There is a great deal here crammed into a very small space. Inevitably some of the judgements are pretty summary and based on straightforward accounts of main ideas. This is particularly so in the historical chapters, though I for one could have used the wonderful Augustinian defence of a distinction between mortal and venial sins many times. When he examines the contributions of the present Pope, Fr Connolly is, perhaps unsurprisingly, ponderous and over-cautious. There is a great deal of scriptural discussion in the later chapters which lacks real critical engagement with the text, and supplies the basis for some sermonizing. That said, there are also pages which sparkle with entertaining phrases and which do not spare the inadequacies of the contemporary culture of narcissism.

The book is well produced, with reference notes at the end of each chapter. There is an unfortunate split infinitive on p28, and an alarming pair of misprints on p57 which give both Luther and Calvin a century of life. The index is adequate, though it hovers between a full academic list and a mere catena of names cited. Engagingly each chapter is headed by a quotation relating to its theme. These range from John’s Gospel to Paul Tillich and Aldous Huxley. They reflect the strength of this book, its wide range and generally stimulating comments. Its weakness is the limits imposed by space. As a start to renewing our thinking about sin in an informed and Christian way, it succeeds.

Patrick Allsop is Chaplain of King’s School, Rochester.


Frederick Farrar

Saint Austin Press, 100 pp, pbk

1 901157 23 7, £7.95

In the west, Buddhism is reported to be spreading faster than Christianity. This is probably due to a widespread reaction from a narrow materialist view of life and a dissatisfaction at the failure of so many Christian teachers to emphasize the spiritual dimension and the way of contemplative prayer. For this reason meditation in the Buddhist tradition has become popular among many young people. Consequently the publication of Frederick Farrar’s book is timely. He is himself a convert from Buddhism, now a Roman Catholic. Clearly he has learned a good deal from the Buddhist way of meditation, but he now recognizes its limitations.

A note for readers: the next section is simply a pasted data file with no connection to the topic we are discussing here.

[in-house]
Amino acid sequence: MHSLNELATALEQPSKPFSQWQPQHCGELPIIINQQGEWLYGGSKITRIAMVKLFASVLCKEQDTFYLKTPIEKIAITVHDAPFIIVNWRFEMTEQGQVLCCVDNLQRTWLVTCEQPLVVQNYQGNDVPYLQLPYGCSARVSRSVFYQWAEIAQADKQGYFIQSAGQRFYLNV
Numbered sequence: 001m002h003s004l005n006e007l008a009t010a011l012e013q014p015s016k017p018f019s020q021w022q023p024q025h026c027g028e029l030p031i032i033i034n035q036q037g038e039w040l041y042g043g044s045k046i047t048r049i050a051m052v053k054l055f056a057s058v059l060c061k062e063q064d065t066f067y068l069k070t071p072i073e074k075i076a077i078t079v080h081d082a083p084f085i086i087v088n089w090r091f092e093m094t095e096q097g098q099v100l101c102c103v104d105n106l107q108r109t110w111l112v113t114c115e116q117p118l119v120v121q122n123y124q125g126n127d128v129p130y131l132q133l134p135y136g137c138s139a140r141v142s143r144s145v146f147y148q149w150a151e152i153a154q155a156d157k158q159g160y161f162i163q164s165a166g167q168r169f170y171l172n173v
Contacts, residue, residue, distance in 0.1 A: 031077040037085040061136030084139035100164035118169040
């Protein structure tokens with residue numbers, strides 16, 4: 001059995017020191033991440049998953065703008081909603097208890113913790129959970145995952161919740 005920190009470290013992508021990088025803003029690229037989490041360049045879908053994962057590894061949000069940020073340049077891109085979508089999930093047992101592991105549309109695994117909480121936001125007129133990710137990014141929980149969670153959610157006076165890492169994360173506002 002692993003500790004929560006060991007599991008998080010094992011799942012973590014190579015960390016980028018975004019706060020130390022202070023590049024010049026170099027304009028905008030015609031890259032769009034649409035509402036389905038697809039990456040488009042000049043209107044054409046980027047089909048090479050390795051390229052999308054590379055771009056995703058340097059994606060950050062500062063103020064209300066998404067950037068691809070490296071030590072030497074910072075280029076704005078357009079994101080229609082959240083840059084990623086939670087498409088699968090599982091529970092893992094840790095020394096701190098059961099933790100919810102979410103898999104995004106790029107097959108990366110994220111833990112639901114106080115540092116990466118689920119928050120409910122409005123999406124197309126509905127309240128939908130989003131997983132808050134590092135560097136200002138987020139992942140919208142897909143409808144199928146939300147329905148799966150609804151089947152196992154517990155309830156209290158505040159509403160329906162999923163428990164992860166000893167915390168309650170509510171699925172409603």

Although Buddhism is often listed in reference books as one of the great religions of the world, it is not (in the usually accepted meaning of the word) a religion at all, because it has no belief in any god. The Buddhists teach that we need to get beyond our craving to find peace of mind, and that meditation leads to enlightenment. But Farrar emphasizes the biblical truth that God created this world of beauty, that he made us in his own image, and that our fallen state is restored by our Saviour, whom we know to be the Way, the Truth and the Life.

This is not an easy book to read, and one has to reckon with the fact that the author uses lots of technical terms. But it is to be recommended for careful study, and it will help those drawn to Buddhist-style spirituality to see that the ultimate goal of meditation must be the vision of God. BrM


Edward Norman

London: Continuum, 2002 160pp, no index

0 8264 5945 5, £12.99


Callum G Brown

London: Routledge, 2001 198 + 58pp, notes, index

0 415 24184 7 £12.99

Almost by coincidence I found myself reading these two books in tandem, and found that they happily contrasted with and complemented one another. Norman’s is the newer, and is the work of a pastor and theologian. Norman won few friends amongst traditionalists with his new Catechism, but he seems to share many of their concerns. His work is passionate – a veritable J’accuse directed against those whom he sees as destroying both society and church.

Brown’s work is older by a year and comes from a sociologist, yet he also seems personally saddened by what he sees as the demise of a long-standing culture: ‘This is not … the death of belief in God […]. But the culture of Christianity has gone in the Britain of the new millennium. Britain is showing the world how religion as we know it can die’ (198).

The gloominess of Brown’s conclusion is matched by Norman, who sees society in general as obsessed with the ‘easy’ life, and the leadership of the Church as rushing headlong to endorse the same outlook: ‘The age has made humanity its god, and far too many who are called as Christians have allowed themselves to accept the human agenda as a reliable embodiment of the message of Christ’ (158).

Norman’s viewpoint will find many sympathizers amongst readers of New Directions. In particular, they will share his concern about the lack of a central doctrinal authority in the Church of England: ‘The determination of authority remains absolutely essential if the Church is to resist error’ (98), whereas, as recent events in Ireland have shown, lacking a recognizable magisterium, ‘The Church of England is particularly liable to error’ (100).